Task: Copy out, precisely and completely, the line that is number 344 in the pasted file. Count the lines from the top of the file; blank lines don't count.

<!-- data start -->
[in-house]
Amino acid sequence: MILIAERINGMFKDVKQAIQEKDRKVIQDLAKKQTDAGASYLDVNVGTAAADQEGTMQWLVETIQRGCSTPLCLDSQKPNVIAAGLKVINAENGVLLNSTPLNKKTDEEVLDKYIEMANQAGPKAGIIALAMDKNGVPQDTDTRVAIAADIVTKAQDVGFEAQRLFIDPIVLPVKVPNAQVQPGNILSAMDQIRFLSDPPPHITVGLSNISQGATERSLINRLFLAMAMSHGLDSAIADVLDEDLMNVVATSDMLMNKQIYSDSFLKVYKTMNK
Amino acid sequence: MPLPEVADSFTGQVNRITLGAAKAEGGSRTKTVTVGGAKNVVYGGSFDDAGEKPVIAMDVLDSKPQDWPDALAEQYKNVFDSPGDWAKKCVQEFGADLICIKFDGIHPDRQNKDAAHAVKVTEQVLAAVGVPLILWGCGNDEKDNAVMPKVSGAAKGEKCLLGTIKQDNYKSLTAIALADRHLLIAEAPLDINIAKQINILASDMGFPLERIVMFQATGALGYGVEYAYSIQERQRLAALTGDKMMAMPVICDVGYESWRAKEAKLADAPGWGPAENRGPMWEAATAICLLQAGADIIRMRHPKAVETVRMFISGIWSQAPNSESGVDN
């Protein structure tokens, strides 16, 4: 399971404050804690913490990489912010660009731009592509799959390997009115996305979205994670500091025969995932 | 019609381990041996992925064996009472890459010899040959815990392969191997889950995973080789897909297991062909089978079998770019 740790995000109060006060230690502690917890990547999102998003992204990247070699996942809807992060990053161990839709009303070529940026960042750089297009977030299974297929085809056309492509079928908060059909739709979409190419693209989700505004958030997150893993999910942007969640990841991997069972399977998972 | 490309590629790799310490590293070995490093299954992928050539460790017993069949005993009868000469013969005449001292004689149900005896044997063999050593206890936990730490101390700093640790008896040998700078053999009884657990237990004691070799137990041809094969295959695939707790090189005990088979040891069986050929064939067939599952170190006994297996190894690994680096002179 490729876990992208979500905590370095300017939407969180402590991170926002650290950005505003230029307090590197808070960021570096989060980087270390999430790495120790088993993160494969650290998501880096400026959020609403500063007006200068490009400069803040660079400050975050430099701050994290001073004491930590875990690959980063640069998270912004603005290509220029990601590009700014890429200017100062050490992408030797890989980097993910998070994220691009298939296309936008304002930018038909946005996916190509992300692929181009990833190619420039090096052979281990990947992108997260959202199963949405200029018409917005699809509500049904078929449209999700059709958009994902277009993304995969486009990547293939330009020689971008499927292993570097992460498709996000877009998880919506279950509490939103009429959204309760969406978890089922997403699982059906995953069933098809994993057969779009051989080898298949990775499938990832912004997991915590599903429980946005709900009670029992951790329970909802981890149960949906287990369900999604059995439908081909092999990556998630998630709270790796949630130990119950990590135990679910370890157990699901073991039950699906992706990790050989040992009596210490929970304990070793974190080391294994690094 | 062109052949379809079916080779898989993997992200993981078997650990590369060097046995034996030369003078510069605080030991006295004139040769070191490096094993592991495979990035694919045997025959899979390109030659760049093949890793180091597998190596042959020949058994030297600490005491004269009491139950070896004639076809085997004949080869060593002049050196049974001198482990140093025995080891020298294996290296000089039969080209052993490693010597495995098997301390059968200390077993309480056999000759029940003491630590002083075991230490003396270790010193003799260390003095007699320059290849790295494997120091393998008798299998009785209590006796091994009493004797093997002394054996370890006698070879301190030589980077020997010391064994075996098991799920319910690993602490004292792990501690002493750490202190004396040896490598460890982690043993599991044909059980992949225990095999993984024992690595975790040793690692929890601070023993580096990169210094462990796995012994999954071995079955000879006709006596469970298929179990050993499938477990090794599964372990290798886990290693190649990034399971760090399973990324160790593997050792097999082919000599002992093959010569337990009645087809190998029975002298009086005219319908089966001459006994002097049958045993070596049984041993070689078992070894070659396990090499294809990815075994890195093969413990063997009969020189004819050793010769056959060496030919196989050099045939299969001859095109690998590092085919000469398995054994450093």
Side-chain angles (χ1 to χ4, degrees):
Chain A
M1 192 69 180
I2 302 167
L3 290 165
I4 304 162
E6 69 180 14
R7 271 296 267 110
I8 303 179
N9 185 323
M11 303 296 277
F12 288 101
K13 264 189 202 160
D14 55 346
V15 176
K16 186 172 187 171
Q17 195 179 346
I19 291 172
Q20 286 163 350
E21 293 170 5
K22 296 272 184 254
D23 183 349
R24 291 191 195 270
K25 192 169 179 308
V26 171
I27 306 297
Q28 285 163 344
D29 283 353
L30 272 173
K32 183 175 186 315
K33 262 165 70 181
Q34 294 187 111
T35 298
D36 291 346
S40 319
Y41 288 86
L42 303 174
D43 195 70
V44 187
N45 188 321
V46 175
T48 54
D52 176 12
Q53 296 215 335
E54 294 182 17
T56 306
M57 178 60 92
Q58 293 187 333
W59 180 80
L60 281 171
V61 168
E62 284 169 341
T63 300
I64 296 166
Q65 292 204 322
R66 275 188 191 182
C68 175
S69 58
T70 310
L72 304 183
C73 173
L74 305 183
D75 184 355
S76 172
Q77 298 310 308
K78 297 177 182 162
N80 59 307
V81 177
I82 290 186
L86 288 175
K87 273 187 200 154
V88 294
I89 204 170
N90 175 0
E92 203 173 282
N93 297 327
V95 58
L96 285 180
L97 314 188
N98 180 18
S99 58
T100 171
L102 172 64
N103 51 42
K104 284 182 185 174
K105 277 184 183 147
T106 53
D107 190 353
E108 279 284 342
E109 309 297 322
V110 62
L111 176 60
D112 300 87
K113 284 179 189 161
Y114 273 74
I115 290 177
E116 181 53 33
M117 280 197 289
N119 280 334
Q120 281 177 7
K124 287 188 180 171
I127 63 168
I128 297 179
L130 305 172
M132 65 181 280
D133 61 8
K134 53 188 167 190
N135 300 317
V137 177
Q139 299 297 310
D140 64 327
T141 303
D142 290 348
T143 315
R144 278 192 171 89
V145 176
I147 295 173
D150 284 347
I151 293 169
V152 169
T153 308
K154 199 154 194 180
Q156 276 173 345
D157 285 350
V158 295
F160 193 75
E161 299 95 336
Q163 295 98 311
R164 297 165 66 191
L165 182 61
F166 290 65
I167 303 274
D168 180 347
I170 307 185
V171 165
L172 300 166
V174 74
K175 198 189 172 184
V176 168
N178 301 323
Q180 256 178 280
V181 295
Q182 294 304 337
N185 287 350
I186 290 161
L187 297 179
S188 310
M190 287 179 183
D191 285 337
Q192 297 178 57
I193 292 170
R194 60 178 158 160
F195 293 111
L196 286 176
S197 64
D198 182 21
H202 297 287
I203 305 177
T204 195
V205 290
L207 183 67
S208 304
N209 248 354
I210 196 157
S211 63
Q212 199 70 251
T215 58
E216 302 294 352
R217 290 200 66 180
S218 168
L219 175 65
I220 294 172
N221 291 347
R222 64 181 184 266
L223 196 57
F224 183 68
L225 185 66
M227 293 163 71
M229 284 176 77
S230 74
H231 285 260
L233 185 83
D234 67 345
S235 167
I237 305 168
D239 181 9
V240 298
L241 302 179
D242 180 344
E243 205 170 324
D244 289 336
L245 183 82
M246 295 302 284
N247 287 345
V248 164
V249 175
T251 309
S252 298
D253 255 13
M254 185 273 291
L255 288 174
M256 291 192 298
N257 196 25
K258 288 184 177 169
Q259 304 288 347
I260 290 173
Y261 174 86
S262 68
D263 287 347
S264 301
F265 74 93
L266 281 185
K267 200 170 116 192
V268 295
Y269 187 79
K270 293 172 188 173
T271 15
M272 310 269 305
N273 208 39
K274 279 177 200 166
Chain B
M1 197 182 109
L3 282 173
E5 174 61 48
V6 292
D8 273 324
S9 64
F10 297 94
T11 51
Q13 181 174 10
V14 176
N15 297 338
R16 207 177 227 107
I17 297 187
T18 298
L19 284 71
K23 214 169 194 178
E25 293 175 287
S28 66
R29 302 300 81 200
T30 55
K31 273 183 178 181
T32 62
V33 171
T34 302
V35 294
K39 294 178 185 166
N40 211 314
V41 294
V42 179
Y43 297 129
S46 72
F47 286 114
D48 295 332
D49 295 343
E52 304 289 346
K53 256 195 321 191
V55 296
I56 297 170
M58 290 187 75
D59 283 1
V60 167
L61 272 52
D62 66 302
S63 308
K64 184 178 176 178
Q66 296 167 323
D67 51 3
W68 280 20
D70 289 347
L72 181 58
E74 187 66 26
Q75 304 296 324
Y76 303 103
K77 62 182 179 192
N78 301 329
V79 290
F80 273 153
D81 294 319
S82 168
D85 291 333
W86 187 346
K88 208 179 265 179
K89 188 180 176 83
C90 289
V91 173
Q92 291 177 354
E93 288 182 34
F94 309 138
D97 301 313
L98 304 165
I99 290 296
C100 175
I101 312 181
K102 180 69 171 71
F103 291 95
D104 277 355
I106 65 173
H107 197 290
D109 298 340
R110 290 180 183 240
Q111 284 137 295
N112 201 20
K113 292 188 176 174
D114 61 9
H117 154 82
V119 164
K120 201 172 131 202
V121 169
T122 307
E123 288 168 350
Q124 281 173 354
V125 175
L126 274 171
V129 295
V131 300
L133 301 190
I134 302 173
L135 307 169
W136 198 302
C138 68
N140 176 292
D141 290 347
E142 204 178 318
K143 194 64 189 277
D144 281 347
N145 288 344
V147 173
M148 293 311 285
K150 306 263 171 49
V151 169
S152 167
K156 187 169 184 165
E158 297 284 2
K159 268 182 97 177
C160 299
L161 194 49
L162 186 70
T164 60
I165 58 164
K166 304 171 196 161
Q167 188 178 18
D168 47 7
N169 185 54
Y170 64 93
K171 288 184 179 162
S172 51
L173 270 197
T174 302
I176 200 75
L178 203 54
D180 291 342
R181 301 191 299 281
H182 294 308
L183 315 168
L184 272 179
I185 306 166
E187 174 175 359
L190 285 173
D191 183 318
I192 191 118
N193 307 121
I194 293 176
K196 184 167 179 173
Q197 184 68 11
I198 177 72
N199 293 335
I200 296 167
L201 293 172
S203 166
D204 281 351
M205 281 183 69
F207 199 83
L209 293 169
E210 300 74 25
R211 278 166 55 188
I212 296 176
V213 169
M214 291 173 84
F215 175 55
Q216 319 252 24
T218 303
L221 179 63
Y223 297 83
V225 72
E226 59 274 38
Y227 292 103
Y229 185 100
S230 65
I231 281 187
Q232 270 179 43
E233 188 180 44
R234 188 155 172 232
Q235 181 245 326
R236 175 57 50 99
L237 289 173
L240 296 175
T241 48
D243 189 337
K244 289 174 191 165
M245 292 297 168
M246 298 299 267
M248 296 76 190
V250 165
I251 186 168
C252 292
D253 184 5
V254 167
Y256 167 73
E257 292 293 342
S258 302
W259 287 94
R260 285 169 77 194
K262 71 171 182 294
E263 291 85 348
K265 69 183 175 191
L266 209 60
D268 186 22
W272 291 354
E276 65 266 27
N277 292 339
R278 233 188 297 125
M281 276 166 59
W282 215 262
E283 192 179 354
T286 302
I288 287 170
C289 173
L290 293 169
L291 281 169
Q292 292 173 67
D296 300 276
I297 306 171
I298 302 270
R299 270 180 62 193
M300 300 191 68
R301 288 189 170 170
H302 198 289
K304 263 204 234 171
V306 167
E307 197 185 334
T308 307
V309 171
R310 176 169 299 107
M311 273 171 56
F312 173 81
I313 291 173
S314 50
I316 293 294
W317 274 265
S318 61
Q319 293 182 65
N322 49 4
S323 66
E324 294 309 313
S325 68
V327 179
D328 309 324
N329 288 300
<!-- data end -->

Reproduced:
I165 58 164